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Actress Celeste Holm, who earned an Academy Award as the knowing voice of tolerance in “Gentleman’s Agreement” and went on to a six-decade screen and stage career, died early Sunday at her apartment in Manhattan. She was 95.
Holm had been hospitalized about two weeks ago with dehydration after a fire in actor Robert De Niro’s apartment in the same Manhattan building. She had asked her husband on Friday to bring her home, and she spent her final days with her husband, Frank Basile, and other relatives and close friends by her side, said Amy Phillips, a great-niece of Holm’s who answered the phone at Holm’s apartment on Sunday.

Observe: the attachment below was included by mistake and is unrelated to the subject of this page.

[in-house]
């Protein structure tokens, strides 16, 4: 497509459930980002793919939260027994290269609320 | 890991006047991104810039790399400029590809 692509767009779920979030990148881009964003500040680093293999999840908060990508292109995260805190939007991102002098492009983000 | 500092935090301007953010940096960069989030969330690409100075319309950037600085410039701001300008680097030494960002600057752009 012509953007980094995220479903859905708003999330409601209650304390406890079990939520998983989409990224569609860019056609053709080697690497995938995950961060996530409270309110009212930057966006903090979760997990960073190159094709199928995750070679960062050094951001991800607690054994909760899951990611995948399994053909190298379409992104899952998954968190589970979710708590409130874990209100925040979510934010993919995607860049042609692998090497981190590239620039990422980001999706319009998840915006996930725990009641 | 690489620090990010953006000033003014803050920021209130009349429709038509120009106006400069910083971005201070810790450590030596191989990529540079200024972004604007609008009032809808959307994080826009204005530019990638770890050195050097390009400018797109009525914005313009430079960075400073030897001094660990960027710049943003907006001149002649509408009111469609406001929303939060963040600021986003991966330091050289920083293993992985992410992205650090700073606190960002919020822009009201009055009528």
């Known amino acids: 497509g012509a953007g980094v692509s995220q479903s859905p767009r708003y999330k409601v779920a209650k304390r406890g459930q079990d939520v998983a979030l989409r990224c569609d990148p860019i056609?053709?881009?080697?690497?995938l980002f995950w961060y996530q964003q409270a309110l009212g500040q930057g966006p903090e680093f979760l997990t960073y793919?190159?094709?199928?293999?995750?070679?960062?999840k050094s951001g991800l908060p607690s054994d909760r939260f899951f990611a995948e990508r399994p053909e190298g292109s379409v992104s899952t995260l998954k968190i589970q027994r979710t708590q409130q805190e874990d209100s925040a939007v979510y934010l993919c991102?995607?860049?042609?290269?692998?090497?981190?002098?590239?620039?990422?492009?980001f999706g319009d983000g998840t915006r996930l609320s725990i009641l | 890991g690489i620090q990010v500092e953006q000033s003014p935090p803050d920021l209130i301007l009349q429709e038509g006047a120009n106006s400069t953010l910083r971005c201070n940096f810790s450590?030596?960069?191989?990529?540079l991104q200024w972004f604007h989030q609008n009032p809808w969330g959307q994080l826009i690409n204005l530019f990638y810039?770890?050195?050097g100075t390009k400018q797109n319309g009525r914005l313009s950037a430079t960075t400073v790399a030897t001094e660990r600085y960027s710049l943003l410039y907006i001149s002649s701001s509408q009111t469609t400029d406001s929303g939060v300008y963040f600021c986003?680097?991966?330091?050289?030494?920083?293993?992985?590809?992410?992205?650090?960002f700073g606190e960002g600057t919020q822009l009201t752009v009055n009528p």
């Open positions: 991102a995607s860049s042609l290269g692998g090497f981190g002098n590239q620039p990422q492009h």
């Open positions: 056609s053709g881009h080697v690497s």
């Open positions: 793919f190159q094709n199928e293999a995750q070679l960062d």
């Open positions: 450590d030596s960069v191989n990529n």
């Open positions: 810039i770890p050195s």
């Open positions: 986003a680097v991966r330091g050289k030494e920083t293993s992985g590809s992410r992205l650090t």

“I think she wanted to be here, in her home, among her things, with people who loved her,” she said.
Holm won the Oscar in the 1947 film, which starred Gregory Peck as a reporter pretending to be Jewish to expose anti-Semitism, Holm played a wise-cracking fashion editor.
Holm was a millionaire, but in her final years, a protracted legal battle between her two sons and her fifth husband — a singer less than half her age — stripped away most of her savings. Still, when she was active, Holm adhered to a philosophy of keeping things light.
“You know, we’re the only industry, outside of musicians, whose work is referred to as ‘playing,’” she told NPR. “And it has to be playing. We have to really play together and that’s what the audience responds to. If it’s work … you don’t want to watch!”